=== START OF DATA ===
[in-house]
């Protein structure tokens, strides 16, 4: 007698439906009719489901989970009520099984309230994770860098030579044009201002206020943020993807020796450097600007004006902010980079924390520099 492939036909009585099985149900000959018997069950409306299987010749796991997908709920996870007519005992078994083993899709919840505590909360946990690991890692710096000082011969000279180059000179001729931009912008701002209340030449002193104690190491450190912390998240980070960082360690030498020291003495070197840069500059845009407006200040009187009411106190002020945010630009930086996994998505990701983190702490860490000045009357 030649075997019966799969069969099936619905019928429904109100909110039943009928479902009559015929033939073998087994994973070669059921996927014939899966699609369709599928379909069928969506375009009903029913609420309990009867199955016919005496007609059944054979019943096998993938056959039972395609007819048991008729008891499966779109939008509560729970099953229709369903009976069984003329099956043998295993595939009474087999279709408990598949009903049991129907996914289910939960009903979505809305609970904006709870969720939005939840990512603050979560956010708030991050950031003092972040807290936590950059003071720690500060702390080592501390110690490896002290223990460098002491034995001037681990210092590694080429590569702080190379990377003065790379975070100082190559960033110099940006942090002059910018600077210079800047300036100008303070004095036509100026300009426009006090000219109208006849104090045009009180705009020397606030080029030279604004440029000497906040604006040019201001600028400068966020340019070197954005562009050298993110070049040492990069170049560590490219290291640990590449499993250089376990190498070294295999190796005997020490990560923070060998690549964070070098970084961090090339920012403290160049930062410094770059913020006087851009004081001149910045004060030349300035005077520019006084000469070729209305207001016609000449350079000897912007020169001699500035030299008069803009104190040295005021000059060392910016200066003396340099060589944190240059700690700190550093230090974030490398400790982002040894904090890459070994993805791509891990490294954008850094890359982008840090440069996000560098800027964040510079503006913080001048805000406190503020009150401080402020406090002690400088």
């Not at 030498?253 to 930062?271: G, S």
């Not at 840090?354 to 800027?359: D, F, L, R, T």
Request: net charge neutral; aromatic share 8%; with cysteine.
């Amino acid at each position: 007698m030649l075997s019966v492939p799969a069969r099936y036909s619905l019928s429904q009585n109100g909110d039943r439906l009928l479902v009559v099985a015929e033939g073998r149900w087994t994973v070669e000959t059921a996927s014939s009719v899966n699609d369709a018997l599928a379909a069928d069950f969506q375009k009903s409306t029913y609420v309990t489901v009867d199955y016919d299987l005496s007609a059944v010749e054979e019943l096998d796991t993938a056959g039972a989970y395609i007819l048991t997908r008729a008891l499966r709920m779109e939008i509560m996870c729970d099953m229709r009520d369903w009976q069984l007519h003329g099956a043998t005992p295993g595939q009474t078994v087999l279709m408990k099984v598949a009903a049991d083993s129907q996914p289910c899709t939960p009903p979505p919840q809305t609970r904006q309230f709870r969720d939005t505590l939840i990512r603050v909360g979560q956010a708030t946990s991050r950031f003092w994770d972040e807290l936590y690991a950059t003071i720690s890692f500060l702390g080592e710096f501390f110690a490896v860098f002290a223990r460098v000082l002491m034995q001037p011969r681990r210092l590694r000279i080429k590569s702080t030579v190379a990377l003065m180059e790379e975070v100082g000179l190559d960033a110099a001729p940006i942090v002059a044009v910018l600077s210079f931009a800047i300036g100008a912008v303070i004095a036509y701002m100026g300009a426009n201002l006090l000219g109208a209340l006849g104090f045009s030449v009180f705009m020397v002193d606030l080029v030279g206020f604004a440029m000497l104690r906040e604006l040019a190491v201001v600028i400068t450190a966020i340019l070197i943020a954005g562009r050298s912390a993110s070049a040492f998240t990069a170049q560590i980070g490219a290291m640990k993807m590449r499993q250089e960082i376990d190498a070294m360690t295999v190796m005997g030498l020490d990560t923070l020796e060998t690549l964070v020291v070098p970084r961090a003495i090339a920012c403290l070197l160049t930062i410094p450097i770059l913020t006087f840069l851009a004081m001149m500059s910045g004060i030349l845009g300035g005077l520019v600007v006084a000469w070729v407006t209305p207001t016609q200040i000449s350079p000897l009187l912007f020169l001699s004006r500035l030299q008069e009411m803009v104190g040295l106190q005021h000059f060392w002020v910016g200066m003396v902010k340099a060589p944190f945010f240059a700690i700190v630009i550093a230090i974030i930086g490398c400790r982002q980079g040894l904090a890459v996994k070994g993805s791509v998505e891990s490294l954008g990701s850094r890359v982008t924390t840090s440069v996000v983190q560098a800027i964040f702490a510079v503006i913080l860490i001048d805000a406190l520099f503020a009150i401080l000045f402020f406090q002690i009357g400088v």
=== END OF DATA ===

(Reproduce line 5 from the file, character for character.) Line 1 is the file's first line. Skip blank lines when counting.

Request: net charge neutral; aromatic share 8%; with cysteine.